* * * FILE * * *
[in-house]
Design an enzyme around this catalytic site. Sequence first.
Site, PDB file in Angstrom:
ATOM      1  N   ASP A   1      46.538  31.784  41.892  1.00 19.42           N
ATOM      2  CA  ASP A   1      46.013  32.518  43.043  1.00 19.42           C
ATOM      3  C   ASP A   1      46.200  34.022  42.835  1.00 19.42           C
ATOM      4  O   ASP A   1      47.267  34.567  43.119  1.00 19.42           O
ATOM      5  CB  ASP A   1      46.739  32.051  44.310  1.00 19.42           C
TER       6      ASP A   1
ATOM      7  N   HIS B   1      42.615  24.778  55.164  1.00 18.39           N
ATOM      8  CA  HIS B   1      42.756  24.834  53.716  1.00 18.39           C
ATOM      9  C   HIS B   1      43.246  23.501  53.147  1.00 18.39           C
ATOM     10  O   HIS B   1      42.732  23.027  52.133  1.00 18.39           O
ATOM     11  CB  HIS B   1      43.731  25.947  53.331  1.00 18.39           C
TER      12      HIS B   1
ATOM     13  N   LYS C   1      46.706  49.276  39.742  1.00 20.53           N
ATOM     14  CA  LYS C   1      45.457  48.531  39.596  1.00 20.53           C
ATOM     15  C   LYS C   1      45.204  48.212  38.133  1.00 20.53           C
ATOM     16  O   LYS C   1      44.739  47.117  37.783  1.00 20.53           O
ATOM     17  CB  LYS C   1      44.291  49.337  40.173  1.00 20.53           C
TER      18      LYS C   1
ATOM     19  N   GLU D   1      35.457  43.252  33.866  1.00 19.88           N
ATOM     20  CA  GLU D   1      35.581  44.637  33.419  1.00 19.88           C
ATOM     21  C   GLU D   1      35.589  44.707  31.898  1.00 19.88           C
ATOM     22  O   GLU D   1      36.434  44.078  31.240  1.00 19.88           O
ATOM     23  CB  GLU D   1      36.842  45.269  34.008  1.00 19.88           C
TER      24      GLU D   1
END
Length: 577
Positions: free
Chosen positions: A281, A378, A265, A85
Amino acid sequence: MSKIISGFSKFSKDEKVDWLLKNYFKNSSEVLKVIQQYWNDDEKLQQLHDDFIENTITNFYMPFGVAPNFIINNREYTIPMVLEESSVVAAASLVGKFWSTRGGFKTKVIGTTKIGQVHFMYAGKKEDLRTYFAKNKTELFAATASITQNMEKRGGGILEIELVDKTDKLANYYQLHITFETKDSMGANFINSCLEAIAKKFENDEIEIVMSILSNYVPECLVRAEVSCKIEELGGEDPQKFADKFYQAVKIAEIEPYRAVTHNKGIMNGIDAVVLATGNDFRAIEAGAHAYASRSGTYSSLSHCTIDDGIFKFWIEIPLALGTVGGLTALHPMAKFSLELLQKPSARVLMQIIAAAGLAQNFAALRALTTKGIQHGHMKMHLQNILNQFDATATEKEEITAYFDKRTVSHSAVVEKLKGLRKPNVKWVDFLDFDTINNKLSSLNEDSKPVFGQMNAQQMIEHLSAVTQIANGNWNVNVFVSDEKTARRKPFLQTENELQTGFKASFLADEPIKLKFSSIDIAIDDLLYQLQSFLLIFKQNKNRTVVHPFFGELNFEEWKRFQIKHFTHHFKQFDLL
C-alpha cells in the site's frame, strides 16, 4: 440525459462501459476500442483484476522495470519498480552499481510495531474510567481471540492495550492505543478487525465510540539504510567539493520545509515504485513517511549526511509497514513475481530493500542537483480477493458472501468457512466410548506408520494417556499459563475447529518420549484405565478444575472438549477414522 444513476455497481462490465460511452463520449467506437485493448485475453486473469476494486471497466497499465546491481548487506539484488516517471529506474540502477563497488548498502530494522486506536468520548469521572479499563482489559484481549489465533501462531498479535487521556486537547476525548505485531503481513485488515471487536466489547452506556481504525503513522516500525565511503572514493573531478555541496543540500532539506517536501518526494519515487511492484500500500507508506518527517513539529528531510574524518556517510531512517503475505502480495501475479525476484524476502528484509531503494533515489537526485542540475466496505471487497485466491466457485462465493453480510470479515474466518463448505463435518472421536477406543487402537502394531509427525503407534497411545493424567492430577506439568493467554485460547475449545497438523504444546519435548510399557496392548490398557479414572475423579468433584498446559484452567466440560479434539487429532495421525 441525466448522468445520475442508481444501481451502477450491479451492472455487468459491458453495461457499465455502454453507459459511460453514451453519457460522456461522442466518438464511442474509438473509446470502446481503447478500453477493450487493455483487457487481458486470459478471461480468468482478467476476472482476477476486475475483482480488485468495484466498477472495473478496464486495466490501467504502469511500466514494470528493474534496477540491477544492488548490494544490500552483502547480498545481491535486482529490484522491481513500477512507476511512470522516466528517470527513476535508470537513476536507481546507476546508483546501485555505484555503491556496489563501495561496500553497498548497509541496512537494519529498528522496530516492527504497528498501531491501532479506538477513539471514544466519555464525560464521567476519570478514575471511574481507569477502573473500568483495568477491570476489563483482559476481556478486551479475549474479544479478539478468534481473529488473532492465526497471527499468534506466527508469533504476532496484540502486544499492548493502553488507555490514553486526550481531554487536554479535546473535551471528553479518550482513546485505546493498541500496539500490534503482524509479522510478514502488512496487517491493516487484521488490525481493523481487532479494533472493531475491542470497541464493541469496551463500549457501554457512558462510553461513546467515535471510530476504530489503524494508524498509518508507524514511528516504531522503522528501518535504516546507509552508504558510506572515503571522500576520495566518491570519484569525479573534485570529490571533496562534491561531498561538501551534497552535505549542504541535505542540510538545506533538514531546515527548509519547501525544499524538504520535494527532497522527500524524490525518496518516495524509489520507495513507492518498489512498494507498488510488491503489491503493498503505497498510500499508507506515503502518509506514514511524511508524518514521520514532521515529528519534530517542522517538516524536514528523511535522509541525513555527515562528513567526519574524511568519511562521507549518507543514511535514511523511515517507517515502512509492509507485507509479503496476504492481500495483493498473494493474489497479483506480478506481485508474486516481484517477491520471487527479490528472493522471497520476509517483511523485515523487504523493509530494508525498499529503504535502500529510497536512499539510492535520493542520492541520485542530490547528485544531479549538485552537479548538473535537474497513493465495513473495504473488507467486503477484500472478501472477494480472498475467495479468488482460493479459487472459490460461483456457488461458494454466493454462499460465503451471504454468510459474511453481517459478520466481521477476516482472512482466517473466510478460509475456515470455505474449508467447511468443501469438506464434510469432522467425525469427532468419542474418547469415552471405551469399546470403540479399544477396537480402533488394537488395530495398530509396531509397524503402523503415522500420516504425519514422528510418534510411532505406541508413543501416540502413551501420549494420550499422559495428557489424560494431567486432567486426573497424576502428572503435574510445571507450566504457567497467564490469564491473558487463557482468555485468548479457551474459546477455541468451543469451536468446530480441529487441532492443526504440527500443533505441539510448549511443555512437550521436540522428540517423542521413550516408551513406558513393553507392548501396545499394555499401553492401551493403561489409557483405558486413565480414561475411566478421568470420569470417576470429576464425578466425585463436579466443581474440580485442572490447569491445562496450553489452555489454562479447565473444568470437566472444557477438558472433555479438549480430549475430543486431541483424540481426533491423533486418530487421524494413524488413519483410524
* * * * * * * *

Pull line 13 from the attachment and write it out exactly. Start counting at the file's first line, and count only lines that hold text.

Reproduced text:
ATOM     10  O   HIS B   1      42.732  23.027  52.133  1.00 18.39           O